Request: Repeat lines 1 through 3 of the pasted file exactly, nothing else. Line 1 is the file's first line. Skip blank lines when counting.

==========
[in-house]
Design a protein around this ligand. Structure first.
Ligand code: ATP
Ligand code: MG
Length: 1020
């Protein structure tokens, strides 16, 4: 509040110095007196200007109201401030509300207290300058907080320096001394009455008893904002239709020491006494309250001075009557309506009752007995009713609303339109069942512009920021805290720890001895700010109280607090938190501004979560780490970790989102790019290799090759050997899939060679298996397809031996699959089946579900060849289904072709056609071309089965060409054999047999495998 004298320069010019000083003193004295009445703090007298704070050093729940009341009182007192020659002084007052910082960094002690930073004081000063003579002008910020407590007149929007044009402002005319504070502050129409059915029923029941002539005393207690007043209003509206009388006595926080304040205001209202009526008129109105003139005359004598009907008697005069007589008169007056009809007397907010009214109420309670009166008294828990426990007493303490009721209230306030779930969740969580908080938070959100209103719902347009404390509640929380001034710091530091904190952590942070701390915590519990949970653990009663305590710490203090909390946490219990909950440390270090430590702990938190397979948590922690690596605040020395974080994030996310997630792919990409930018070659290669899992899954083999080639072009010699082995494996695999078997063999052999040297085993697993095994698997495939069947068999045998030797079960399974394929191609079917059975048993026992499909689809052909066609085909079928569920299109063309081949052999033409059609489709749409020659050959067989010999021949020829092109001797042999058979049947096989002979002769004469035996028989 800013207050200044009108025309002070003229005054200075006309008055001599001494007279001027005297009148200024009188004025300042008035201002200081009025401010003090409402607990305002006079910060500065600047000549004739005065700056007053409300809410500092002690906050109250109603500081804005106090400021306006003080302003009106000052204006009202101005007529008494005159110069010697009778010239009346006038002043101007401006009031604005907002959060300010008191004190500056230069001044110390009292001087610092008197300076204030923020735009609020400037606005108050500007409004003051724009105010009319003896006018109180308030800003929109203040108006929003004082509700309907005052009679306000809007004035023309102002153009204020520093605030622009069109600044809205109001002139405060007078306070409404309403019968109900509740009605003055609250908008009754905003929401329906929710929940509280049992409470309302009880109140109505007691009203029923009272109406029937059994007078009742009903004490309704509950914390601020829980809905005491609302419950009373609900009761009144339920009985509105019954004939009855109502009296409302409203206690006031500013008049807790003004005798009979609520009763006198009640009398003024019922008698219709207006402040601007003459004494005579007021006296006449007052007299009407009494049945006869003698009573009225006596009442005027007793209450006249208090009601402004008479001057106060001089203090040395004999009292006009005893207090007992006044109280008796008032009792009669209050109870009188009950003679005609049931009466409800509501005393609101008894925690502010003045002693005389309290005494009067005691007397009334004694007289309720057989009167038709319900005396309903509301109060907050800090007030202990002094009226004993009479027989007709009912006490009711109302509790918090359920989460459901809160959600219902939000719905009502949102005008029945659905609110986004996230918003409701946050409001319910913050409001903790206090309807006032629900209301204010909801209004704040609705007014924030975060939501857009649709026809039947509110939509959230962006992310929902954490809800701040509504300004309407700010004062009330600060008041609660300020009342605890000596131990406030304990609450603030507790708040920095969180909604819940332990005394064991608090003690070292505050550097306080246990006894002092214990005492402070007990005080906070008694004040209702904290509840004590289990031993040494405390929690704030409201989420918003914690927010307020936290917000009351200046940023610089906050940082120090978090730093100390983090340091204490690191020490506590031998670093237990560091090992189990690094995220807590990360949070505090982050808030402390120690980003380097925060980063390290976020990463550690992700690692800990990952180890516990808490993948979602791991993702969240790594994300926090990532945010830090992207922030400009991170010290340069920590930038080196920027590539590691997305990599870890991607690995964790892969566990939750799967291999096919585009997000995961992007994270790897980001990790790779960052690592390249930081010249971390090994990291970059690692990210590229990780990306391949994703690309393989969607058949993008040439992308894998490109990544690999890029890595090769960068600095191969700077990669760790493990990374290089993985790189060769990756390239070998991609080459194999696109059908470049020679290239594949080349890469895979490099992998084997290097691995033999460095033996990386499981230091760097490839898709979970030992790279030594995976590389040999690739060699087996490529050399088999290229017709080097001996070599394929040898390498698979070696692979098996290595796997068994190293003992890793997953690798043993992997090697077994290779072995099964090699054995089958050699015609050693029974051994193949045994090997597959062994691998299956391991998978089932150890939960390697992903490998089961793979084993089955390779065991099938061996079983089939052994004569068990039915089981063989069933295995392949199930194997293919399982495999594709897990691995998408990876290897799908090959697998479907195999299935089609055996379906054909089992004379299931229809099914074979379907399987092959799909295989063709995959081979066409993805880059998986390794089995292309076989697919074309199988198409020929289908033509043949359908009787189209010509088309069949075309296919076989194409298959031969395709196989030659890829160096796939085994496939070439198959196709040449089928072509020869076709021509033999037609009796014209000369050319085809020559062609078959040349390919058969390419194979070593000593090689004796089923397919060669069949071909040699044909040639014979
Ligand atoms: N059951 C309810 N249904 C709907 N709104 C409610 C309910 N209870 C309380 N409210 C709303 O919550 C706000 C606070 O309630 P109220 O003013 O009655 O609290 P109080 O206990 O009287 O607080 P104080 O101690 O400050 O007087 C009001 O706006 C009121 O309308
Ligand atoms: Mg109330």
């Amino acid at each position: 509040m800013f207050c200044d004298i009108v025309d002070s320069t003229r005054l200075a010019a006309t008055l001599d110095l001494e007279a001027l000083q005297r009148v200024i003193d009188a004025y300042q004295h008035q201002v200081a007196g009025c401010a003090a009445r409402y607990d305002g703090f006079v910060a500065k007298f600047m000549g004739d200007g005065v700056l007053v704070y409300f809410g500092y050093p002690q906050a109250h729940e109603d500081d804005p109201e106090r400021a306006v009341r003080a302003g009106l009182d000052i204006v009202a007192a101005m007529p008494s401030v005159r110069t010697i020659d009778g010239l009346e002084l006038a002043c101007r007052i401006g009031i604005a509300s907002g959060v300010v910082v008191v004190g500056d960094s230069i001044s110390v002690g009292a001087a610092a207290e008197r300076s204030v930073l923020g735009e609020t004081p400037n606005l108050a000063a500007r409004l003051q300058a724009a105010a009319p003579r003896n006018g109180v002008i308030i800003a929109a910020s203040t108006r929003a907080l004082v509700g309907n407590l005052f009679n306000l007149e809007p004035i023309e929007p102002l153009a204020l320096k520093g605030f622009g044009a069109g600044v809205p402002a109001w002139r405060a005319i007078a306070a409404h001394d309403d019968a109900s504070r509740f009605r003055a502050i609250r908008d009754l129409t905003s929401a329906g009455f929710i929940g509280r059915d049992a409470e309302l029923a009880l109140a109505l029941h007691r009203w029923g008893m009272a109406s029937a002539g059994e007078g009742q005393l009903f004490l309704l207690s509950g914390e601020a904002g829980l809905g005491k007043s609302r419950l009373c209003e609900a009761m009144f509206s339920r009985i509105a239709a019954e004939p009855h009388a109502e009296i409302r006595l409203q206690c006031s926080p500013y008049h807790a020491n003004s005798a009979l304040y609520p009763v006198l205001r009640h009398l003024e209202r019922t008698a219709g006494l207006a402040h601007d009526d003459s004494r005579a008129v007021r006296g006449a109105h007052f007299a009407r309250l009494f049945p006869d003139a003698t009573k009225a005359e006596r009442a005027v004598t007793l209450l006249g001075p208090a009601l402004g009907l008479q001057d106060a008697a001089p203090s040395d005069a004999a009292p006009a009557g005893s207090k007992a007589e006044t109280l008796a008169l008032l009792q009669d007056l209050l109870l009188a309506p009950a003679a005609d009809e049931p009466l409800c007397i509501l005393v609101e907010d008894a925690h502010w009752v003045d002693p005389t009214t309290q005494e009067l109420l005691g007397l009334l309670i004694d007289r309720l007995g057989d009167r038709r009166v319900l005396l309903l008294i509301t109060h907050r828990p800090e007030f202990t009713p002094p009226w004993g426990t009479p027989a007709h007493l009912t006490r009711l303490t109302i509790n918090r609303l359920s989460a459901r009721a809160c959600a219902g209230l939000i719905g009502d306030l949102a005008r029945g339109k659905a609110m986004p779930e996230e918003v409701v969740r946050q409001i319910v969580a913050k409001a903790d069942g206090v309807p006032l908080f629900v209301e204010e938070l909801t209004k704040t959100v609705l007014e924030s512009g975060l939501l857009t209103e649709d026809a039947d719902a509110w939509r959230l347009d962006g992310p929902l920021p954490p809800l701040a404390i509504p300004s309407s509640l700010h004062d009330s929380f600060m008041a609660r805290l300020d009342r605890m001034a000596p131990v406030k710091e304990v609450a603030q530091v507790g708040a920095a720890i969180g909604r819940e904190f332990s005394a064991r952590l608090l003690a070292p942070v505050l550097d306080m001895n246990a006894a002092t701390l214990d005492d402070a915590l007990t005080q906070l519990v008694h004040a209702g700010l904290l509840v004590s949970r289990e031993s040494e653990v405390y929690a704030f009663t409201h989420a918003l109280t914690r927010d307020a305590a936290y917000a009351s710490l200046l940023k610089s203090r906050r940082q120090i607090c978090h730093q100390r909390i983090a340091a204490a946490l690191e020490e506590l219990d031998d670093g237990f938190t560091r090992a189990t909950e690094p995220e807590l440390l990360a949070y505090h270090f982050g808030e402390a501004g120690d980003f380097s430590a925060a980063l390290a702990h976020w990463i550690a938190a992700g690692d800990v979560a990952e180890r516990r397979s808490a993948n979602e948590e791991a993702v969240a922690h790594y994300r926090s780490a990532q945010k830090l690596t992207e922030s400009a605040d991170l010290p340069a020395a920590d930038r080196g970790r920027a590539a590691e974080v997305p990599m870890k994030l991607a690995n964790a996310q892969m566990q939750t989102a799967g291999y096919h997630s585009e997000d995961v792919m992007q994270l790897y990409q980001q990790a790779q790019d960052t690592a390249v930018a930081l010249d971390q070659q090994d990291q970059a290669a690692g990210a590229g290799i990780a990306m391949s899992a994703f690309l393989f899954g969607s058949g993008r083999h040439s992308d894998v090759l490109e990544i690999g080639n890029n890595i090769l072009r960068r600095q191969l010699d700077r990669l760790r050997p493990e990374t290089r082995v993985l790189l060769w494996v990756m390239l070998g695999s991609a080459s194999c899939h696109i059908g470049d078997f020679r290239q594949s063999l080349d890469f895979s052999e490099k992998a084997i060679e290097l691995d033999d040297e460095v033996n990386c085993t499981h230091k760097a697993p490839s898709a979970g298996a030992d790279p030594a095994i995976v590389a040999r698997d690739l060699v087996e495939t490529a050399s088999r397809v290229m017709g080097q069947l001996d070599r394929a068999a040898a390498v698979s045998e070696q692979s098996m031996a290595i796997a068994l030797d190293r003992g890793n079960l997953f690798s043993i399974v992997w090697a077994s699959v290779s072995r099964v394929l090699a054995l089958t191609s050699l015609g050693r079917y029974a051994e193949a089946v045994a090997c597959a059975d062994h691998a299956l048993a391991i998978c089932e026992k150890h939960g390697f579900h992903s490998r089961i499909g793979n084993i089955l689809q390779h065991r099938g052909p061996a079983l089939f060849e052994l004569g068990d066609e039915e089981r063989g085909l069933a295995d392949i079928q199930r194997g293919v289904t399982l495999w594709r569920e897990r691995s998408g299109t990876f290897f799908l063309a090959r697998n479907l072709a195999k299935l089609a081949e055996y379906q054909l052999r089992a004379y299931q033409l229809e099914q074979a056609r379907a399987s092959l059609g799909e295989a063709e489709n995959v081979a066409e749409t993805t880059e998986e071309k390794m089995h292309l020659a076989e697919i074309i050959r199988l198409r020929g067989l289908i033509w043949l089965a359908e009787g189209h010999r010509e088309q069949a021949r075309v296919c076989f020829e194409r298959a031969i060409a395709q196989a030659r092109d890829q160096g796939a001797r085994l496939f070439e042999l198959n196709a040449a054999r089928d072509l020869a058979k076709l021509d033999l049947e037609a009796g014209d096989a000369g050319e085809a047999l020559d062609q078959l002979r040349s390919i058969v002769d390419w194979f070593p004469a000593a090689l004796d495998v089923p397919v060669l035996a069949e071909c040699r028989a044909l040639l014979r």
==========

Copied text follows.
[in-house]
Design a protein around this ligand. Structure first.
Ligand code: ATP